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Louisville in Jefferson County, Kentucky — The American South (East South Central)
 

The 32nd Indiana Volunteer Infantry Regiment Civil War Monument

 
 
The 32nd Indiana Volunteer Infantry Regiment Civil War Monument Marker image. Click for full size.
By Karl Stelly, April 5, 2009
1. The 32nd Indiana Volunteer Infantry Regiment Civil War Monument Marker
Wayside exhibit marker for the 32nd Indiana Volunteer Infantry Regiment Civil War Monument in Cave Hill National Cemetery
Inscription. The 32nd Indiana at the Battle of Rowletts Station

On December 17, 1861, the "1st German" 32nd Indiana Volunteer Infantry Regiment, commanded by Colonel August Willich, fought Confederate cavalry, infantry and artillery units south of Munfordville, Kentucky, near Rowletts Station. While both forces retreated from the battlefield, the Union regiment successfully defended a vital bridge over the Green River. Thirteen men of the regiment died and 30 were wounded in the engagement.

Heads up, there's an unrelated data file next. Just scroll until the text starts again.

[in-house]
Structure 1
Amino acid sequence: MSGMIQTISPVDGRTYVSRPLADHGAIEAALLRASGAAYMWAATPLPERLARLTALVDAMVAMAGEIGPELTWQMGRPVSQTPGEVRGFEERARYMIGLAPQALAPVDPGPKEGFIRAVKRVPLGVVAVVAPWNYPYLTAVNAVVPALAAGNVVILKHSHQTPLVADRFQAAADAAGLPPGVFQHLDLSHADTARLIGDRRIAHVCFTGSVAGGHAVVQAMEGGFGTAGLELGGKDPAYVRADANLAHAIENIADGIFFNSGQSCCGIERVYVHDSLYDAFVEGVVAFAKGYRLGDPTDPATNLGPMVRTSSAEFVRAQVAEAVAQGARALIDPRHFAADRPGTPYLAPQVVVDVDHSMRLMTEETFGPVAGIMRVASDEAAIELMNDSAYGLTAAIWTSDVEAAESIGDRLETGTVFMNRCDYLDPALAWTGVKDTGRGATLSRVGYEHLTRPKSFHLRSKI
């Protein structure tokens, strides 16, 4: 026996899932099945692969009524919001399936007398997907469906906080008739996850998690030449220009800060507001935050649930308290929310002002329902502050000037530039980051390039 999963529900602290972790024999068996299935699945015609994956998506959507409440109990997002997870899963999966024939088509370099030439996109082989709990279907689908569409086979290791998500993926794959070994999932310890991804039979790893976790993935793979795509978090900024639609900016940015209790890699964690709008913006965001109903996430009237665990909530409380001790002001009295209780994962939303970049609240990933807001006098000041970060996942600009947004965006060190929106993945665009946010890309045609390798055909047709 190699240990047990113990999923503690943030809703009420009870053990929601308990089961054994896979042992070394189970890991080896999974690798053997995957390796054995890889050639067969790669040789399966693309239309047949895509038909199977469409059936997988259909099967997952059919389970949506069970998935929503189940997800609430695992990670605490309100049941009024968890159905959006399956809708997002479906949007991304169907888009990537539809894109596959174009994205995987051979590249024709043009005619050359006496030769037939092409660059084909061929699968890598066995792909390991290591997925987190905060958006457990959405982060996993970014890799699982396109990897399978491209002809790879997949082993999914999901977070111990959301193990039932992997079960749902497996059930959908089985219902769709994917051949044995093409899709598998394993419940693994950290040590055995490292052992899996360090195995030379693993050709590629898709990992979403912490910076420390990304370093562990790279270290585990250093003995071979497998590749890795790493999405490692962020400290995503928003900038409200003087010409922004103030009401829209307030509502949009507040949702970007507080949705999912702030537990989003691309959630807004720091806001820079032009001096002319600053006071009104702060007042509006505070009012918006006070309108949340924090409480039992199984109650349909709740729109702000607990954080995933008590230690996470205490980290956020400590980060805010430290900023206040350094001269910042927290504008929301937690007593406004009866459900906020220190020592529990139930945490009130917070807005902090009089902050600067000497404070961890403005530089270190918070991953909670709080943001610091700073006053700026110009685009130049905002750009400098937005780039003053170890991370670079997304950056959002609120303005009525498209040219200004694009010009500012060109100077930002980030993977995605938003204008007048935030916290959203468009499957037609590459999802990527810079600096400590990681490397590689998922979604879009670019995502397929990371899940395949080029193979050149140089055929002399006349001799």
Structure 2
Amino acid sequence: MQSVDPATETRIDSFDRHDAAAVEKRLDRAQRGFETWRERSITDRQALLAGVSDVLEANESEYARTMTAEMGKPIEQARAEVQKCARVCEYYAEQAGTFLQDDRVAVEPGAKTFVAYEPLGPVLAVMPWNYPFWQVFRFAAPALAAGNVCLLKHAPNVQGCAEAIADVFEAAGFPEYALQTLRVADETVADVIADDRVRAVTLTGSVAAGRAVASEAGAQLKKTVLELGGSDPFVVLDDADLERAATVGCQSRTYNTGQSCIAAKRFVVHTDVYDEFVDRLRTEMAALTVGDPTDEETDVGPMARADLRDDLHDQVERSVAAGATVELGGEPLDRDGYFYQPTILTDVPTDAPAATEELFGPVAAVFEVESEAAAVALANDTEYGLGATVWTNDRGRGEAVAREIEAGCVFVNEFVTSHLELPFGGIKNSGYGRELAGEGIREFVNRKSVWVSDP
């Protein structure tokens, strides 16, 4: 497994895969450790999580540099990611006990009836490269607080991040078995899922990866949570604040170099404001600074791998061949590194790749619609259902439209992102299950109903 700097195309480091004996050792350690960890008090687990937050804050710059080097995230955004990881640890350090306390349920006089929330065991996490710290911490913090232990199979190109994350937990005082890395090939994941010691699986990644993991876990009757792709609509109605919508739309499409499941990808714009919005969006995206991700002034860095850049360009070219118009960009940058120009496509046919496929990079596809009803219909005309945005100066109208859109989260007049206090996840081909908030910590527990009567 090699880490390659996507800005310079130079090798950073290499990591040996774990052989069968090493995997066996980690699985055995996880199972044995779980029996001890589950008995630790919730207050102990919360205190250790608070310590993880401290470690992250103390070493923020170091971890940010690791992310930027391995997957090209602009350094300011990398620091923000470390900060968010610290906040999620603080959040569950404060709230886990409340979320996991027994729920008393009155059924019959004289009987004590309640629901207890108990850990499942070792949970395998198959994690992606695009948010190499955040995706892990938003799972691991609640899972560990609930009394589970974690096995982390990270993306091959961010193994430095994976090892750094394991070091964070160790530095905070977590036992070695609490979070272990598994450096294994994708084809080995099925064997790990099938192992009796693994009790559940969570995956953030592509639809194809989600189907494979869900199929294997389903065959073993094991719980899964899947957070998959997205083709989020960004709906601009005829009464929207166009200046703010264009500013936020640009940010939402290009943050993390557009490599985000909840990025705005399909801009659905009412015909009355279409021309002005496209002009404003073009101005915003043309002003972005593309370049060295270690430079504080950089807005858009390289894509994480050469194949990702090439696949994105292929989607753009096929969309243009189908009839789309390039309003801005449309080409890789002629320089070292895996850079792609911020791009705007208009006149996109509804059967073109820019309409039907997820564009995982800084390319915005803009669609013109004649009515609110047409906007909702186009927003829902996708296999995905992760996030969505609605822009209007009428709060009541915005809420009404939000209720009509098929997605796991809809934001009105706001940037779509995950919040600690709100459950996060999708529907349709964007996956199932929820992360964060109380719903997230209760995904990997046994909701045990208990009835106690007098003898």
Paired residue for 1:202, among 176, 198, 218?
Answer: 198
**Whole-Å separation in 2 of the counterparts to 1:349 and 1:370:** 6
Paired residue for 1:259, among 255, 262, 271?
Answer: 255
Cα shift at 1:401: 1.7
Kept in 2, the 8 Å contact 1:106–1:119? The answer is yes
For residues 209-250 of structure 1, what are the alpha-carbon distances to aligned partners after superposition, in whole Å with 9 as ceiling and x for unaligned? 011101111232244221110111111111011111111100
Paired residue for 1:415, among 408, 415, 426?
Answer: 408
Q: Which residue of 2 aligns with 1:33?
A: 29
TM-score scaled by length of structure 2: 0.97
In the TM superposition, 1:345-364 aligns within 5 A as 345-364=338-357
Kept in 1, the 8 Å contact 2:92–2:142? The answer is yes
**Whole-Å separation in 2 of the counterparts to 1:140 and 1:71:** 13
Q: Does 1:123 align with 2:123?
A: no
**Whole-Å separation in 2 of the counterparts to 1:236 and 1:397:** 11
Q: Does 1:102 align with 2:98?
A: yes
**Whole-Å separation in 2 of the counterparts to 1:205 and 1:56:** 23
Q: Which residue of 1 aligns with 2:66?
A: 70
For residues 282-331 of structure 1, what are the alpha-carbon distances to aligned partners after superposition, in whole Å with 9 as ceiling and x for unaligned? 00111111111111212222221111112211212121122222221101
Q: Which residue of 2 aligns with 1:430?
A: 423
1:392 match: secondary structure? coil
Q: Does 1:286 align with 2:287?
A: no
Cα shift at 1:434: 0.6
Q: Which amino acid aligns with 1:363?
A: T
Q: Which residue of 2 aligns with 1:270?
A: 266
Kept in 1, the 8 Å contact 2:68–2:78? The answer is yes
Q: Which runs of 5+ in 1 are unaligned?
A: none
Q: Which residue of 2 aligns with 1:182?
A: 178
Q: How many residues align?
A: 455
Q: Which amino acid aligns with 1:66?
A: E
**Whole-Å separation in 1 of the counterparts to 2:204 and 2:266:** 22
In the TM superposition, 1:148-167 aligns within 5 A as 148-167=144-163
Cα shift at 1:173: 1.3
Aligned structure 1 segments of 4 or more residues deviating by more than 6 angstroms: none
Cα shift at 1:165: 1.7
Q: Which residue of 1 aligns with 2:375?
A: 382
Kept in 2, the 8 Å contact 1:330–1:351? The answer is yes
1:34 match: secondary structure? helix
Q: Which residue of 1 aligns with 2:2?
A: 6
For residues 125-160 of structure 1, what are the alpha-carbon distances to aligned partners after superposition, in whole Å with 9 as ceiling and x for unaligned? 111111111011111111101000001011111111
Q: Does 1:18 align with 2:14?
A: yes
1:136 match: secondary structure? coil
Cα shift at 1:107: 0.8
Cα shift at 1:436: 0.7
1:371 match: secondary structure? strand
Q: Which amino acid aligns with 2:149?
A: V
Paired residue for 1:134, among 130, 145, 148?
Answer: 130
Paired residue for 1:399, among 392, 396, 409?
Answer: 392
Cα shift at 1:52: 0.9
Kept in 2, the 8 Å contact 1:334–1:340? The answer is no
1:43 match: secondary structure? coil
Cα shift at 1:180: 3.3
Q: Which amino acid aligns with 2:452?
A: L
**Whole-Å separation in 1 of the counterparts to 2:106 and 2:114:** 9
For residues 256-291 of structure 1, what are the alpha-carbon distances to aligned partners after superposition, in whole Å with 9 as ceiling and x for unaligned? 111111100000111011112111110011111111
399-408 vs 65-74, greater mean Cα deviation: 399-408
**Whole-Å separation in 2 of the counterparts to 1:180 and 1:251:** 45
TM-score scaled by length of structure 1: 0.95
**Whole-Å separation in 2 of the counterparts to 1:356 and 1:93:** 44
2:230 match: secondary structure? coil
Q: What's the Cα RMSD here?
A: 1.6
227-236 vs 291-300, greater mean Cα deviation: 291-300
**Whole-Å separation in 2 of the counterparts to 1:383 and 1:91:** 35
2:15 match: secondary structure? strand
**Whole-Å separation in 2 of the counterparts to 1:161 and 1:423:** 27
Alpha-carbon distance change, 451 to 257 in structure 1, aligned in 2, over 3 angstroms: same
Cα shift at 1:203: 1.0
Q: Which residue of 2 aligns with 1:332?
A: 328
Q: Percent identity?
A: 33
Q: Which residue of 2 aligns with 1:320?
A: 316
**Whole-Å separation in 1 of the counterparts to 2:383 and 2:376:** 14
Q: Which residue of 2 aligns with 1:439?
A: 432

The Union dead were buried on a knoll west of Munfordville near the bridge.

The Monument
To commemorate the loss, Private August Bloedner, Co. I, 32nd Indiana, acquired a block of local limestone and sculpted an intricate monument that was placed near the graves in January 1862. Carved in relief near the top is an eagle with wings spread full, clutching a brace of cannon. Two stacks of cannonballs are paired below the artillery with unfurled American flags flanking each side. An olive spring and an oak branch border the recess at each end. Below this frieze the stone forms a tablet on which Bloedner engraved in German an account of the battle and the names of the dead with their birth dates.

In June of 1867, the remains of the dead and the monument were moved to the Federal section of Cave Hill Cemetery in Lousiville.

The
The 32nd Indiana Volunteer Infantry Regiment Civil War Monument Marker image. Click for full size.
By Karl Stelly, April 5, 2009
2. The 32nd Indiana Volunteer Infantry Regiment Civil War Monument Marker
Frank Leslie's Illustrated Newspaper, "Battle of Rowletts Station," January 18, 1862.
monument, one of the nation's oldest existing Civil War memorials, was placed on the National Register of Historic Places in 1997.

Now nearly illegible, the translated inscription rads: